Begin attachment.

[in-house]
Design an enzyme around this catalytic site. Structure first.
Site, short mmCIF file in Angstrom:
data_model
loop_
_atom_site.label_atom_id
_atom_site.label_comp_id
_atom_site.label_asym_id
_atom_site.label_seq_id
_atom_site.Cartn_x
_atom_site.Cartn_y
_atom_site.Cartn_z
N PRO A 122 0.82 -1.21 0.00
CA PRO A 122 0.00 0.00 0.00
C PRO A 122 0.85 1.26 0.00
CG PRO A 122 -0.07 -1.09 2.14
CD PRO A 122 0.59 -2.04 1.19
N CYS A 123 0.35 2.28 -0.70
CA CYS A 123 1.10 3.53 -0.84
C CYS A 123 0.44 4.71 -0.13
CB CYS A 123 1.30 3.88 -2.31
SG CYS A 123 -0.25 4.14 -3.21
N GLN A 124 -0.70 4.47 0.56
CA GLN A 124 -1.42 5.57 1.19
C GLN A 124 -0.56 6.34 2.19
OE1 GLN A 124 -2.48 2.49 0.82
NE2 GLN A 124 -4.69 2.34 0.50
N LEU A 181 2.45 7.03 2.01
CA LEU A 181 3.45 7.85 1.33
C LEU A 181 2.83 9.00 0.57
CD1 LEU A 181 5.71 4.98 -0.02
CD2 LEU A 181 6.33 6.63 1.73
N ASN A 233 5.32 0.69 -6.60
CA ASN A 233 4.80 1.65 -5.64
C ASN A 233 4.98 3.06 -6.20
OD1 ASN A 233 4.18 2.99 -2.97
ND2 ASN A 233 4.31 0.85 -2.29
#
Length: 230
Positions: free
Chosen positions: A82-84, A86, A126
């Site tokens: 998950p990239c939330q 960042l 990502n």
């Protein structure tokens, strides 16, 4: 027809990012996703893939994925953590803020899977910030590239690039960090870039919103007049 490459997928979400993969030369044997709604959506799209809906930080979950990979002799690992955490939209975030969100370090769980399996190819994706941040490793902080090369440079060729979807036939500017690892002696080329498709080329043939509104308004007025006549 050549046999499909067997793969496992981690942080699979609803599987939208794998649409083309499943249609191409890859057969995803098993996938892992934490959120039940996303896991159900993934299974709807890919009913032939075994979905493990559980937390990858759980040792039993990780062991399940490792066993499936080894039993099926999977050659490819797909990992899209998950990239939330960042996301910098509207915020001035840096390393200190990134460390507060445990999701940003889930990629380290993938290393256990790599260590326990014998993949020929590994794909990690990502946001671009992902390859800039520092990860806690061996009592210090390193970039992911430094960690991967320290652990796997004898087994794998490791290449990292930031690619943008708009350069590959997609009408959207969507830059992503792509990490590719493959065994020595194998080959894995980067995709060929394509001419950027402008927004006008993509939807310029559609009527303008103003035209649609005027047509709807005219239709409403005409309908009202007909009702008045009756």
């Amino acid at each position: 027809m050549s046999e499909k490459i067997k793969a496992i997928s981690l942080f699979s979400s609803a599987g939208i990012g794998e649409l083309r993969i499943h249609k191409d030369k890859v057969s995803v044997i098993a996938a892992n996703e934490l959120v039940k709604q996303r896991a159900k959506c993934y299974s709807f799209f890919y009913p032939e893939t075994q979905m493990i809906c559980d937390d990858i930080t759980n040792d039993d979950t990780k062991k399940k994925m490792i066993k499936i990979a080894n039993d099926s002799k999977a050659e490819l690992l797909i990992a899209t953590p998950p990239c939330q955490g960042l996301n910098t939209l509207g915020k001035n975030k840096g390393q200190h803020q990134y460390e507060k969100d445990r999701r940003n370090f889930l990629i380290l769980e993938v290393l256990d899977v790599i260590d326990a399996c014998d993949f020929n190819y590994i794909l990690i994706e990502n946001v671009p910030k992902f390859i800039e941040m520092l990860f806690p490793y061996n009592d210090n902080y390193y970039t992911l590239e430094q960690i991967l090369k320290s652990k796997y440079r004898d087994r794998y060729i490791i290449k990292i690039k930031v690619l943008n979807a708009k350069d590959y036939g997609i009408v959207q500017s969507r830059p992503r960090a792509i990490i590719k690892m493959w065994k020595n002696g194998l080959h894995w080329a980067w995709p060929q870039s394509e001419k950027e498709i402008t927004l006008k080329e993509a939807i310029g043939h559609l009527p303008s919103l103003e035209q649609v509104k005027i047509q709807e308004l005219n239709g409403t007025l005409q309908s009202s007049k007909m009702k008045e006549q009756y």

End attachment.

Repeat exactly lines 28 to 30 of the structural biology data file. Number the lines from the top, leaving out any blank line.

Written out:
N LEU A 181 2.45 7.03 2.01
CA LEU A 181 3.45 7.85 1.33
C LEU A 181 2.83 9.00 0.57